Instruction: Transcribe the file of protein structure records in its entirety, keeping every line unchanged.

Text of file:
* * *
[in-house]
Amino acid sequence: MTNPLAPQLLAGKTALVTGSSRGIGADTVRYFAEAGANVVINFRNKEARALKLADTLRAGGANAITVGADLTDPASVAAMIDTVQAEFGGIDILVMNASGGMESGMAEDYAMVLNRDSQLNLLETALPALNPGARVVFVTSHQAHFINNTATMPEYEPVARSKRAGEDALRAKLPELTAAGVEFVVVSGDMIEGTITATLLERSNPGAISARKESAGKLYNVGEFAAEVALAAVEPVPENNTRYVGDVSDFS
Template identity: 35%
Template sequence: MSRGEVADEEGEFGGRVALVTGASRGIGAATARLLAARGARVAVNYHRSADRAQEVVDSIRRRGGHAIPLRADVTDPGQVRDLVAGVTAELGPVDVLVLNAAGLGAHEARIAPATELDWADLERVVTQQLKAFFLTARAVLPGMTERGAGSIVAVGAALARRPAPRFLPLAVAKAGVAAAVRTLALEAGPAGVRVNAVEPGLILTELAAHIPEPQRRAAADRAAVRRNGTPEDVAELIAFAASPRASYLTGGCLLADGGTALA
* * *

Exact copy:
[in-house]
Amino acid sequence: MTNPLAPQLLAGKTALVTGSSRGIGADTVRYFAEAGANVVINFRNKEARALKLADTLRAGGANAITVGADLTDPASVAAMIDTVQAEFGGIDILVMNASGGMESGMAEDYAMVLNRDSQLNLLETALPALNPGARVVFVTSHQAHFINNTATMPEYEPVARSKRAGEDALRAKLPELTAAGVEFVVVSGDMIEGTITATLLERSNPGAISARKESAGKLYNVGEFAAEVALAAVEPVPENNTRYVGDVSDFS
Template identity: 35%
Template sequence: MSRGEVADEEGEFGGRVALVTGASRGIGAATARLLAARGARVAVNYHRSADRAQEVVDSIRRRGGHAIPLRADVTDPGQVRDLVAGVTAELGPVDVLVLNAAGLGAHEARIAPATELDWADLERVVTQQLKAFFLTARAVLPGMTERGAGSIVAVGAALARRPAPRFLPLAVAKAGVAAAVRTLALEAGPAGVRVNAVEPGLILTELAAHIPEPQRRAAADRAAVRRNGTPEDVAELIAFAASPRASYLTGGCLLADGGTALA